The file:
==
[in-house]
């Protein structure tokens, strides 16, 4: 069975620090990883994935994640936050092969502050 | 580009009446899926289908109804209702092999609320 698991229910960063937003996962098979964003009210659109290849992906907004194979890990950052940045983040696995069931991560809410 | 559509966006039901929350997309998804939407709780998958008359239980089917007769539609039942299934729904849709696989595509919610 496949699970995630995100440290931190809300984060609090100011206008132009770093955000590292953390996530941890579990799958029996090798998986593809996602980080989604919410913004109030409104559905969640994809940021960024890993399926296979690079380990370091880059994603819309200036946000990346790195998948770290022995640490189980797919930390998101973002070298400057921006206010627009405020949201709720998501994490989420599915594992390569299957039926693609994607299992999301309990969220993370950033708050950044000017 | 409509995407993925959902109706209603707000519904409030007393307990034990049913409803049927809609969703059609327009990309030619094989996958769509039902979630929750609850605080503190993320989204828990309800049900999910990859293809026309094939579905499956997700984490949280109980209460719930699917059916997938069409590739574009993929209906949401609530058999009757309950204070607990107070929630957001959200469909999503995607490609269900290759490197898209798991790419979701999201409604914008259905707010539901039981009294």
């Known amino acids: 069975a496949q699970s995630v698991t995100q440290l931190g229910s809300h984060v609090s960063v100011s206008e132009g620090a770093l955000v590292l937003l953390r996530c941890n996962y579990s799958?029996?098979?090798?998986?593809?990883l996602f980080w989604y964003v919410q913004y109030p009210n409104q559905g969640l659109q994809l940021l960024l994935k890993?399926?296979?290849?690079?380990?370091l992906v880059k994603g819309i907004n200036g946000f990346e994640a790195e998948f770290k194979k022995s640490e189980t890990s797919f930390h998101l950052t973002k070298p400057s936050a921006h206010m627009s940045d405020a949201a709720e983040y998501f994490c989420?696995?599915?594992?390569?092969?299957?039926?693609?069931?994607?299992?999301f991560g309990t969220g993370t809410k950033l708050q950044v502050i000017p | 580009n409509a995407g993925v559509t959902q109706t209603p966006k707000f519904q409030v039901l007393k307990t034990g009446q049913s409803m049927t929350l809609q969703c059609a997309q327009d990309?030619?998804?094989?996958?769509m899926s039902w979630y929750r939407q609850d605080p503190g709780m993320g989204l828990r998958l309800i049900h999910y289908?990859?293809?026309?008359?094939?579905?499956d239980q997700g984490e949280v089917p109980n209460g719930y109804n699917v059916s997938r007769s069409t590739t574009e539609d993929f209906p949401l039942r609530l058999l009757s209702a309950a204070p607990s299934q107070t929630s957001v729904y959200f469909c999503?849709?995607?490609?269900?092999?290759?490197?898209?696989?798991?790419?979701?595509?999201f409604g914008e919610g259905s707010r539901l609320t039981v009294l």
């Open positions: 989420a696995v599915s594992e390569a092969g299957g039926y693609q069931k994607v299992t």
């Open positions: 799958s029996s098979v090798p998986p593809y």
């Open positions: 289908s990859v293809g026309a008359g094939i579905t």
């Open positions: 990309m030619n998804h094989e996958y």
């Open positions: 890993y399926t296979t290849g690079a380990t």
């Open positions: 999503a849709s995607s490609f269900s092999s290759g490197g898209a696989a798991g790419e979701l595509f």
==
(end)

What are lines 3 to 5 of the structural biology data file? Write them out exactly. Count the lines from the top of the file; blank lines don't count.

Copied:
């Known amino acids: 069975a496949q699970s995630v698991t995100q440290l931190g229910s809300h984060v609090s960063v100011s206008e132009g620090a770093l955000v590292l937003l953390r996530c941890n996962y579990s799958?029996?098979?090798?998986?593809?990883l996602f980080w989604y964003v919410q913004y109030p009210n409104q559905g969640l659109q994809l940021l960024l994935k890993?399926?296979?290849?690079?380990?370091l992906v880059k994603g819309i907004n200036g946000f990346e994640a790195e998948f770290k194979k022995s640490e189980t890990s797919f930390h998101l950052t973002k070298p400057s936050a921006h206010m627009s940045d405020a949201a709720e983040y998501f994490c989420?696995?599915?594992?390569?092969?299957?039926?693609?069931?994607?299992?999301f991560g309990t969220g993370t809410k950033l708050q950044v502050i000017p | 580009n409509a995407g993925v559509t959902q109706t209603p966006k707000f519904q409030v039901l007393k307990t034990g009446q049913s409803m049927t929350l809609q969703c059609a997309q327009d990309?030619?998804?094989?996958?769509m899926s039902w979630y929750r939407q609850d605080p503190g709780m993320g989204l828990r998958l309800i049900h999910y289908?990859?293809?026309?008359?094939?579905?499956d239980q997700g984490e949280v089917p109980n209460g719930y109804n699917v059916s997938r007769s069409t590739t574009e539609d993929f209906p949401l039942r609530l058999l009757s209702a309950a204070p607990s299934q107070t929630s957001v729904y959200f469909c999503?849709?995607?490609?269900?092999?290759?490197?898209?696989?798991?790419?979701?595509?999201f409604g914008e919610g259905s707010r539901l609320t039981v009294l």
């Open positions: 989420a696995v599915s594992e390569a092969g299957g039926y693609q069931k994607v299992t």
């Open positions: 799958s029996s098979v090798p998986p593809y």